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“These Truths We Hold” (Part XXIV)

pantocrator

Continued from (Part XXIII)

6. Orthodox Dogmas and Doctrines.

Holy Tradition.

One of the distinctive characteristics of the Holy Orthodox Church is its changelessness, its loyalty to the past, its sense of living continuity with the ancient Church. This idea of living continuity may be summed up in one word: Tradition. As St. John of Damascus says, “We do not change the everlasting boundaries which our fathers have set, but we keep the Tradition, just as we received it” [On the Holy Icons, II, 12]. To an Orthodox Christian, Tradition means the Holy Bible; it means the Creed; it means the decrees of the Ecumenical Councils and the writings of the Fathers; it means the Canons, the Service Books, the Holy Icons, etc. In essence, it means the whole system of doctrine, ecclesiastical government, worship and art which Orthodoxy has arti-culated over the ages [Timothy Ware, The Orthodox Church, p.204].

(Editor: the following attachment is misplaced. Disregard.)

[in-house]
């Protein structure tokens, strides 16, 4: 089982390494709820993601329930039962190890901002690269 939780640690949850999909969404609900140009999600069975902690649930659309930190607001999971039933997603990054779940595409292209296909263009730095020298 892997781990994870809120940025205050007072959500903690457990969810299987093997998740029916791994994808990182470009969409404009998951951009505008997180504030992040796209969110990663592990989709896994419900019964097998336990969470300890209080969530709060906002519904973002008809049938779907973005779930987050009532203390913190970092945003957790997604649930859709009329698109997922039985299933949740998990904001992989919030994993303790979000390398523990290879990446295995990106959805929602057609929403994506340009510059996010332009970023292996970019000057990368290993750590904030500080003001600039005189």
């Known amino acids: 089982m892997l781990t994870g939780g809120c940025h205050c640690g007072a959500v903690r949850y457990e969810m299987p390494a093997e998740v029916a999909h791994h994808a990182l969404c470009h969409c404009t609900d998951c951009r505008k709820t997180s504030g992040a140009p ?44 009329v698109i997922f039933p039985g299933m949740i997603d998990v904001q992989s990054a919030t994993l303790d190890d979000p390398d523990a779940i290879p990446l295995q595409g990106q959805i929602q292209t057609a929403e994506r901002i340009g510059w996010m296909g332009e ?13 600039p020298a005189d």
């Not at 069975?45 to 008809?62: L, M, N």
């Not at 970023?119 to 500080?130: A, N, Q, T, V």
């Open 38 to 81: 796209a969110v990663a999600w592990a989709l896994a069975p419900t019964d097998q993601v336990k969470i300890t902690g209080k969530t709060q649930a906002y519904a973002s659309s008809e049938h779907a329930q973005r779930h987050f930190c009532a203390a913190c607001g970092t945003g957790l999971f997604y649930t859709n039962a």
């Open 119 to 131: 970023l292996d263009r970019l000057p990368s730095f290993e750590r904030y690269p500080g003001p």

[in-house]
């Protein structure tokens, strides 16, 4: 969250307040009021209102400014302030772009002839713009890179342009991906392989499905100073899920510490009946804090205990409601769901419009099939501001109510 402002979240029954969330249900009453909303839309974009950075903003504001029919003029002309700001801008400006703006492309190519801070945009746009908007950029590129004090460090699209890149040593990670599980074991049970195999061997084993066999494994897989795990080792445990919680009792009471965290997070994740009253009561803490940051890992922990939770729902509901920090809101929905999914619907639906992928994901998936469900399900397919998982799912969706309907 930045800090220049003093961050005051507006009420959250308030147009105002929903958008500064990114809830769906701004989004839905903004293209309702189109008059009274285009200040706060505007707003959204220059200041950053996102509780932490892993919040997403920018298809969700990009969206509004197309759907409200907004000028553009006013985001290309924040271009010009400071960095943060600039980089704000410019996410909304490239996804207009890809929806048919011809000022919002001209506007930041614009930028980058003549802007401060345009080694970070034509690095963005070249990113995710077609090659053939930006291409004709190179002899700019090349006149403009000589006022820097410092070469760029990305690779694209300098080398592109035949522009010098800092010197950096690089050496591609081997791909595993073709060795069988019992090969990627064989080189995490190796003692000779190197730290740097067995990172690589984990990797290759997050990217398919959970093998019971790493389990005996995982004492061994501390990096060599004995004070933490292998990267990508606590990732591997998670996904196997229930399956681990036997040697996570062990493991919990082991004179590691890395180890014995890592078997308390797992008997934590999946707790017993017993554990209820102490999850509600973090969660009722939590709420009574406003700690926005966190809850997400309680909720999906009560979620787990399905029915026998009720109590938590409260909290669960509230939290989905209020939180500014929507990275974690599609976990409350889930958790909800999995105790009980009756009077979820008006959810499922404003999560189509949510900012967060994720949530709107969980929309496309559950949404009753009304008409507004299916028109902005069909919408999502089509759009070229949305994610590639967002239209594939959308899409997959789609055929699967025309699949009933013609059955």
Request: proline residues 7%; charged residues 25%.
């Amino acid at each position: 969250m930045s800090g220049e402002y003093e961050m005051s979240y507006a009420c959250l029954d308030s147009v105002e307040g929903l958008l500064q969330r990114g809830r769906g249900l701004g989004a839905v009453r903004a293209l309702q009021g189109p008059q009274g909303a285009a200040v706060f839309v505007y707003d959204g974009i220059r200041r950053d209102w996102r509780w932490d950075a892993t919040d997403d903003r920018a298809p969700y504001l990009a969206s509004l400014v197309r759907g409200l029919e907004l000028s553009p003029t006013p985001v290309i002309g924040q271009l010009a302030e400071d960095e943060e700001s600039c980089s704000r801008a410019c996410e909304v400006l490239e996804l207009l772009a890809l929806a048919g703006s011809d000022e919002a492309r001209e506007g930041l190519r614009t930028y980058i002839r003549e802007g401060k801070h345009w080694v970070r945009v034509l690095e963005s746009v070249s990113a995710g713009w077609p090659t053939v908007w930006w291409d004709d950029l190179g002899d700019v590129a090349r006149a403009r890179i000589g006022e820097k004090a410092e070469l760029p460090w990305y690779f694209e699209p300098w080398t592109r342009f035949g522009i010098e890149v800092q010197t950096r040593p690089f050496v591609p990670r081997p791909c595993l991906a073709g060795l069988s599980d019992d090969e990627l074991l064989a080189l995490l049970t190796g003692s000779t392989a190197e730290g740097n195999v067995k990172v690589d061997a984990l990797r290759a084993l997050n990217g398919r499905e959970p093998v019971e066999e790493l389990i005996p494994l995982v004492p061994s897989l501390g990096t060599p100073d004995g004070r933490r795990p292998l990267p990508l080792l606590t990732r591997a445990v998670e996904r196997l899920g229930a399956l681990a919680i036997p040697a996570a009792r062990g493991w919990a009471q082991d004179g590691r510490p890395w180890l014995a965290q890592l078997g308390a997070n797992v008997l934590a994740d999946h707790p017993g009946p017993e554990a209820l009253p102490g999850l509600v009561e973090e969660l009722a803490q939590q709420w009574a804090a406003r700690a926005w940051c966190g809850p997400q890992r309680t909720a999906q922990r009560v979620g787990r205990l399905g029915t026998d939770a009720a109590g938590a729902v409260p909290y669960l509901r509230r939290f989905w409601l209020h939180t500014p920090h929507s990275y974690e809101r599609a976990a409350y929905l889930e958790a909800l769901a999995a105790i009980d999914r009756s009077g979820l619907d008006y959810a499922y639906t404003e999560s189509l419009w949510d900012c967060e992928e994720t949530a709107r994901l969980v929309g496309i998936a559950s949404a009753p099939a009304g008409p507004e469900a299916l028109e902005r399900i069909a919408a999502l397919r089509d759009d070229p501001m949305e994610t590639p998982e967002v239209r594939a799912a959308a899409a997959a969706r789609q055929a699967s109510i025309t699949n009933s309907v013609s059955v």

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“These Truths We Hold” (Part XXIII)

Megaloschema

Continued from (Part XXII)

The Monastic Tonsure.

The Monastic Grades.

When one desiring the monastic life enters a monastery, he normally passes through three steps or stages: 1) Probationer (Novice — including Riasaphor), 2) Monk of the Lesser Schema (Cross-bearer or Stavrophore), and 3) Monk of the Great Schema (Russian — Skhimnik). The Probationer who enters a monastery desires to do so in order to acquit himself worthily in the angelic state, so called because Monks renounce all wordly things, do not marry, do not acquire and hold property, and live as do the Angels in Heaven, glorifying God night and day and striving to do His Will in all things.

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“These Truths We Hold” (Part XXII)

The Torment of Saint Anthony. painting of Michelangelo c. 1487-­88